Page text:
One classmate I know was hired for a per diem position in LTC and has all the hours she wants. I never used to apply for per diem jobs, now I do. If you can move, I'd recommend it. Also, check out the VA. The application process is tedious but they might be willing to take on a new grad; I'm not sure if they require a BSN.

    One strategy I have employed in the past is to apply for LPN and MA jobs. I don't reply with a lengthy cover letter, just a brief note asking if they would be willing to consider a new grad/lifghtly experienced RN, and stressing that I am very motivated to work. This has gotten me a couple of interviews. I like going on interviews even if I don't get the job because I get better with practice.

    There are some free medical programs in the state and you might want to volunteer; you can check the Needymeds website for a clinic near you.

    As far as Craigs List goes, my latest strategy is to check every morning; and throughout the day depending on what I have going on. I strive to have my resume be the first -- or one of the first -- a prospective employer gets in response to an ad.

    Good luck!
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    Speak of the devil, Mollen has started to advertise on Craigs List.
    Better to sign up now and get in the system. You're under no obligation to work, you sign up for the shifts you want.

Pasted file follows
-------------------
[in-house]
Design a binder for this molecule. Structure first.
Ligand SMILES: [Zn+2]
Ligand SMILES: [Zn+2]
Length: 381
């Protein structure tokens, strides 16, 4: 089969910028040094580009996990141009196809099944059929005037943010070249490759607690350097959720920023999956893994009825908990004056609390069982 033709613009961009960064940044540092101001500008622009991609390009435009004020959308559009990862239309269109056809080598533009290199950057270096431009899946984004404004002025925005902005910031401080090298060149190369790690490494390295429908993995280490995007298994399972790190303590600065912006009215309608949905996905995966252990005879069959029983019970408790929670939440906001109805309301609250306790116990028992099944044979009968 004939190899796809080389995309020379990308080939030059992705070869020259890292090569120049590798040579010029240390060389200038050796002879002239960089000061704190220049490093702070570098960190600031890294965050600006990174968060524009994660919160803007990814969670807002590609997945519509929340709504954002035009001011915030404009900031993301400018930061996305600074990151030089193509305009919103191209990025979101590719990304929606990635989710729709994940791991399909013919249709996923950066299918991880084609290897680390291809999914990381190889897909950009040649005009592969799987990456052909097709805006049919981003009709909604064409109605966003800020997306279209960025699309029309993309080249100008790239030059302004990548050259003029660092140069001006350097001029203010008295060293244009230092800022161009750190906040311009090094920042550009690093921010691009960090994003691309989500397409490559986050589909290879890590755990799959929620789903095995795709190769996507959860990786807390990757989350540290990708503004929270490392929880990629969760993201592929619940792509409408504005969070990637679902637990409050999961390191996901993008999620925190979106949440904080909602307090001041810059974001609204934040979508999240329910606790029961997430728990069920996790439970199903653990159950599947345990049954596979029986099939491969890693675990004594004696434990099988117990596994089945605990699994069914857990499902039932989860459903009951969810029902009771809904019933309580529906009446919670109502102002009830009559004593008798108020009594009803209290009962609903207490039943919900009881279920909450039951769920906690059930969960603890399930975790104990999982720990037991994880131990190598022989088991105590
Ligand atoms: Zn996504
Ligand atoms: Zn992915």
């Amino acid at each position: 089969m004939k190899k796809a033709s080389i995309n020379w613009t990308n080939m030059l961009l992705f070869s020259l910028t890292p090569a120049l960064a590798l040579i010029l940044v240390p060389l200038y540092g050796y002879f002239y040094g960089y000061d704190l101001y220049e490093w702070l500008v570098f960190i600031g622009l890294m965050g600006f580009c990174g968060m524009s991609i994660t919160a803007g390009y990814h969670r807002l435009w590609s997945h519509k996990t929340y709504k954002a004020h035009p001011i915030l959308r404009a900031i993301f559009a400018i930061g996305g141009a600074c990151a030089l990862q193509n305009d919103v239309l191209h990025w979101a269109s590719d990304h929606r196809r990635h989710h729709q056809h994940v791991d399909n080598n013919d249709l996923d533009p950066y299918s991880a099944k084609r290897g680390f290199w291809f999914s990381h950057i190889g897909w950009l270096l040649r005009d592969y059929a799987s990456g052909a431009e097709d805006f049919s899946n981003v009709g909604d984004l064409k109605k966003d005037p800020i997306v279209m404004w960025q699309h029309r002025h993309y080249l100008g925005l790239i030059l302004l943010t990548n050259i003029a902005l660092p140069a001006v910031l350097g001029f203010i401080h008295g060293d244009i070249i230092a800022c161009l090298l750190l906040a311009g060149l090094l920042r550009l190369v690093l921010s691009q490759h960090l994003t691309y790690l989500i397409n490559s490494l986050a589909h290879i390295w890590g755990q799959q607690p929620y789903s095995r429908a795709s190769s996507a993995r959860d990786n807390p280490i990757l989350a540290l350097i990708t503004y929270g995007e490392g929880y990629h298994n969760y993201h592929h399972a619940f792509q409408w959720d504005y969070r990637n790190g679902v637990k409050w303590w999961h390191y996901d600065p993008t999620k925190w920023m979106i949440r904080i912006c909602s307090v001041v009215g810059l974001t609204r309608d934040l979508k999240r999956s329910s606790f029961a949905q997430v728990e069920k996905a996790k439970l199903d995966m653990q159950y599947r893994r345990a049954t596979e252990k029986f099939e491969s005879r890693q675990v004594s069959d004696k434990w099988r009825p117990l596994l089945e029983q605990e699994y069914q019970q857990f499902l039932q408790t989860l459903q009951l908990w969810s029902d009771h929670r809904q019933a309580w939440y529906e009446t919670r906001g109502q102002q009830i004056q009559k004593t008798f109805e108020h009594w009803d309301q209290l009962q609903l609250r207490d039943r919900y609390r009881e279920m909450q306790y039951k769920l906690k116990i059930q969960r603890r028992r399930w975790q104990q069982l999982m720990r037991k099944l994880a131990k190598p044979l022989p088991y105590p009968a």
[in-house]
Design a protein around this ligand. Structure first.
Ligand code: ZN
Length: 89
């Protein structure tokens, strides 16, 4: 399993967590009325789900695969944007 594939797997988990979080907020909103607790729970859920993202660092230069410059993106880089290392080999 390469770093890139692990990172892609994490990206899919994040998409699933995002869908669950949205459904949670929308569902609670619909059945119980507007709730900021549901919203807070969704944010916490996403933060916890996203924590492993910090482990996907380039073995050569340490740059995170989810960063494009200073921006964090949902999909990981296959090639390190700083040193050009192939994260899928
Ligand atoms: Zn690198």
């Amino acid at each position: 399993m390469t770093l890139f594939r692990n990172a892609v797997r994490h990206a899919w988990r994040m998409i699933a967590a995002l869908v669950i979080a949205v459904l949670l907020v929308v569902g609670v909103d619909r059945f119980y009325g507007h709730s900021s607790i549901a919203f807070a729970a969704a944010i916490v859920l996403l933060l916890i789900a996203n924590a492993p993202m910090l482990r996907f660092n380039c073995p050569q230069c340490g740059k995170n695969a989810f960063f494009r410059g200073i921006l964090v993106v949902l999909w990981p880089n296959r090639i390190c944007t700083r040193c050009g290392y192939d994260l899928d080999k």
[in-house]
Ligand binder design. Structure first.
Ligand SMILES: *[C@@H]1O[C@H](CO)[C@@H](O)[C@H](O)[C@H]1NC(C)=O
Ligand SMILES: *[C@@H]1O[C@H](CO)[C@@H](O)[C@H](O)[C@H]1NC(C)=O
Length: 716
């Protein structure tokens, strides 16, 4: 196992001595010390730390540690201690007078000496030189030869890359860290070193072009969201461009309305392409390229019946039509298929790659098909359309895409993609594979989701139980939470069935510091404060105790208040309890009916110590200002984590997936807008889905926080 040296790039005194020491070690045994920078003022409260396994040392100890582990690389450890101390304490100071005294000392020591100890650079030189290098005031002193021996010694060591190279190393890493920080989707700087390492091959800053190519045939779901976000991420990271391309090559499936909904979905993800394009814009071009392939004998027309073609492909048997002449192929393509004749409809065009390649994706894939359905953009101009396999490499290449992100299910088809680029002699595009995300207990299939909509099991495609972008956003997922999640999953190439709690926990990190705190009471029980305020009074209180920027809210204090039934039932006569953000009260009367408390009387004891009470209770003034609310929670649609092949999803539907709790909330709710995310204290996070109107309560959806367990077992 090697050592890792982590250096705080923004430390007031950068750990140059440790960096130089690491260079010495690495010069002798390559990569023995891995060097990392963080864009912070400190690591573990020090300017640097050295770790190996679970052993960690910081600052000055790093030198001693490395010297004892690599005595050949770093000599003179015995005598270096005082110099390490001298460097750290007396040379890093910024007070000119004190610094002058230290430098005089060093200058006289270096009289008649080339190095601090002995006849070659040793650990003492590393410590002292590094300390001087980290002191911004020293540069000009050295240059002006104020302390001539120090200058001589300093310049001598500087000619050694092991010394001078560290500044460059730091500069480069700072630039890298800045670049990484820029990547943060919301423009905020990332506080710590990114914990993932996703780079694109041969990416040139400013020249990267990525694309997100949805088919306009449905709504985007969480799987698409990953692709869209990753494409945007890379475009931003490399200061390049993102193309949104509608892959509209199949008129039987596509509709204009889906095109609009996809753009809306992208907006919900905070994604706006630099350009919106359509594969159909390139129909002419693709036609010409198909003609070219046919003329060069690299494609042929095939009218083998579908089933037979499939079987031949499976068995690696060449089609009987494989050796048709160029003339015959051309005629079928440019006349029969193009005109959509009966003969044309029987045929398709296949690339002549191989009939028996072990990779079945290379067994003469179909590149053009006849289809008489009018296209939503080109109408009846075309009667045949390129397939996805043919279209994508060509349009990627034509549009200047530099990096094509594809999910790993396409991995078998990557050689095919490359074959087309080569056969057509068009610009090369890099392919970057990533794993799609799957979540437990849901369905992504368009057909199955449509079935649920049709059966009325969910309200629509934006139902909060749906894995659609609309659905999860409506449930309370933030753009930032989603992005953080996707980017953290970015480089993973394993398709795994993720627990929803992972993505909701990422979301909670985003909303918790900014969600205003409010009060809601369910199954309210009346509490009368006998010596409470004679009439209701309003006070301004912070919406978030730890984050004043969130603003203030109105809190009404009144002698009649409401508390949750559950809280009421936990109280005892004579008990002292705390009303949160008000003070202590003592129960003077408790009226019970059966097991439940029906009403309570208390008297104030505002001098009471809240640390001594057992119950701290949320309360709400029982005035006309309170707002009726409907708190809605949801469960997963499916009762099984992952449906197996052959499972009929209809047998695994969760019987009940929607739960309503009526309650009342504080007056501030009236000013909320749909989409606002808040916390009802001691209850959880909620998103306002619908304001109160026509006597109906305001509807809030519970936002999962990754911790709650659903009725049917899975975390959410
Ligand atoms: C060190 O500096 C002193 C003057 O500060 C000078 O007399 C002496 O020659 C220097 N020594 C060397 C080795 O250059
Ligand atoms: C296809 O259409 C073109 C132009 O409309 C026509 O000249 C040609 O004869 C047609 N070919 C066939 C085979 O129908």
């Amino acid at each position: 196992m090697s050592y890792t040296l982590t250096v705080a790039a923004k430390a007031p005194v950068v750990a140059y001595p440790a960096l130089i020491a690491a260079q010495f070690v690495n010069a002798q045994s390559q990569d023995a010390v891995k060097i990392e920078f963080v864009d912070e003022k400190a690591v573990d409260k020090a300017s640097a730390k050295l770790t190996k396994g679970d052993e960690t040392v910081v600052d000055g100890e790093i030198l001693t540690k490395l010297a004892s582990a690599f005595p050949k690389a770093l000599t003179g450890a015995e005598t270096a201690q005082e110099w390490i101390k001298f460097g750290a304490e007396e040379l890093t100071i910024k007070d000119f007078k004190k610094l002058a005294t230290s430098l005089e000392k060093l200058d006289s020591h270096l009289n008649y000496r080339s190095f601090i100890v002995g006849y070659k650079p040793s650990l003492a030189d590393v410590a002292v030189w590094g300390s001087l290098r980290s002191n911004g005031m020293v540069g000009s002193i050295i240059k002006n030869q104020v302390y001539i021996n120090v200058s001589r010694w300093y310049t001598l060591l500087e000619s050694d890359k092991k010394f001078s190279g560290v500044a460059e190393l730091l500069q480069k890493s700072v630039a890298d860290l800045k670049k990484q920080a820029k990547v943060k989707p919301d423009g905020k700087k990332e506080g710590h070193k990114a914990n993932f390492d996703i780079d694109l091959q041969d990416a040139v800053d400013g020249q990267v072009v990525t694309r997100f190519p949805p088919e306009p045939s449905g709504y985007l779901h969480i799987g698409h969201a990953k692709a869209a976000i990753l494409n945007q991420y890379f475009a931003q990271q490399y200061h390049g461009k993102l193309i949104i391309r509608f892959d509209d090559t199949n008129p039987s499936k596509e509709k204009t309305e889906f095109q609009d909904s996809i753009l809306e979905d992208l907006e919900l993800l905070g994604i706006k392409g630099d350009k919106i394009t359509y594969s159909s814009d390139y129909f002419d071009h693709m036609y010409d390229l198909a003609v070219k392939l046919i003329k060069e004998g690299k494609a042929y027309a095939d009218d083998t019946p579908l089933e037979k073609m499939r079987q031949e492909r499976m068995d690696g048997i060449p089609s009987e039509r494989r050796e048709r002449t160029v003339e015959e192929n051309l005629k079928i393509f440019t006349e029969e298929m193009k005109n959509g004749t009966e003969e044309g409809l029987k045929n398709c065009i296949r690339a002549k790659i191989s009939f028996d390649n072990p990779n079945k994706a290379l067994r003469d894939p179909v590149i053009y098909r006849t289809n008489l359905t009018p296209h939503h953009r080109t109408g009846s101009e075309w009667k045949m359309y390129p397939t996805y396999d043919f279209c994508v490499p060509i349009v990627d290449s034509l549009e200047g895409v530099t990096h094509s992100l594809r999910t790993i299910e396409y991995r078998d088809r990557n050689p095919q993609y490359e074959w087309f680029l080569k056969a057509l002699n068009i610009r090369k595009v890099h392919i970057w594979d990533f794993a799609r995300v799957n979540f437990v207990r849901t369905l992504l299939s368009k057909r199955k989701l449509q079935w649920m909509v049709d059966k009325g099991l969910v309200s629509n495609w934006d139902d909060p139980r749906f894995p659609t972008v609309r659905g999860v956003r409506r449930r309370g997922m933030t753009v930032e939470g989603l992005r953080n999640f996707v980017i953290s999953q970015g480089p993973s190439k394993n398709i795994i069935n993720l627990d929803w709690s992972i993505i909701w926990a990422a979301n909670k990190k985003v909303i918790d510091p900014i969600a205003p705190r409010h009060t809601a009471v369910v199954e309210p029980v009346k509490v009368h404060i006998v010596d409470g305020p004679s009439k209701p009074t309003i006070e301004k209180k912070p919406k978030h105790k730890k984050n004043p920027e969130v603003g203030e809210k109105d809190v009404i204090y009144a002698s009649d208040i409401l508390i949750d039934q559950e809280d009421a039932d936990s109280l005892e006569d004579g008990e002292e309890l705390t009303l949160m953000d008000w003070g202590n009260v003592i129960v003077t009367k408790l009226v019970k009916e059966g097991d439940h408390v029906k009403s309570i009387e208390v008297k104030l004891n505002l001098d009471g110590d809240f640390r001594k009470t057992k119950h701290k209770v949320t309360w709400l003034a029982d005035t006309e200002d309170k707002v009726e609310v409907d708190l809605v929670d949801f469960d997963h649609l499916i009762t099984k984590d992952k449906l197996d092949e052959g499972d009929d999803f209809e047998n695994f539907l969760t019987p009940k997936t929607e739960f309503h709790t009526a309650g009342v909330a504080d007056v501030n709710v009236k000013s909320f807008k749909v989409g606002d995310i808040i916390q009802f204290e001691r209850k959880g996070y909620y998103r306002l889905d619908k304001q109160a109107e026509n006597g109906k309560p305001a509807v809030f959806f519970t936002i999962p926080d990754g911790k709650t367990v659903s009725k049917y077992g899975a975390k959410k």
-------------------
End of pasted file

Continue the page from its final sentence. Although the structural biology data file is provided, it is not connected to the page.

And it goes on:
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    Quote from ceriseames
    I've had a Massachusetts RN license for one year. In that time, I've been applying to hospitals, medical offices, LTC, and home health agencies. I even got interviews at some offices and LTC facilities. I'm still looking for a job.

    I made a couple of serious mistakes, like getting a two-year associate's degree when everyone is looking for BSNs (I'm applying for RN-to-BSN programs) and not working as a CNA as a nursing student. Oops.

    Is it a better idea to keep bashing away at RN jobs, or to try to get work as a CNA? If everyone takes second-term and up nursing students as CNAs, I don't see why "new" grads should be different. Can I work in MA as a CNA with an RN license, or would I have to go and get certified as one? I've heard from a friend still in school that a number of the nursing assistants in the hospitals they have clinicals in are new grad RNs.

    Will this actually count as experience for all the experience-requiring jobs I can't get? Will it lock me forever into a lower pay scale? Or should I continue seeking elusive entry-level RN jobs, having no experience and a current pay rate of zero?
    Are you applying to community hospitals in addition to teaching hospitals? I worked at a community hospital when I was in school and the majority of the nurses on the floor I was on (new grads and experienced nurses) were associates prepared. In Boston, it's damn near impossible to get hired without a BSN. Even with one, it's hard.

    Whether or not you can work as in a CNA role with an RN license depends on the facility. Many hospitals won't hire RNs into a CNA role for several reasons- 1. they know you'll split the minute an RN job comes along, 2. Role confusion is a liability to them and to you. As far as I know, even if you're working as a CNA, you're still held to the standards of an RN in the event of an emergency but it's kind of a catch 22- if you respond as an RN would, you're working outside of your job description, but if you don't, you've failed to act within your scope of practice as a licensed RN.

    My former hospital had many CNAs who were nursing students. The minute they passed NCLEX, they were no longer allowed to work in the CNA role.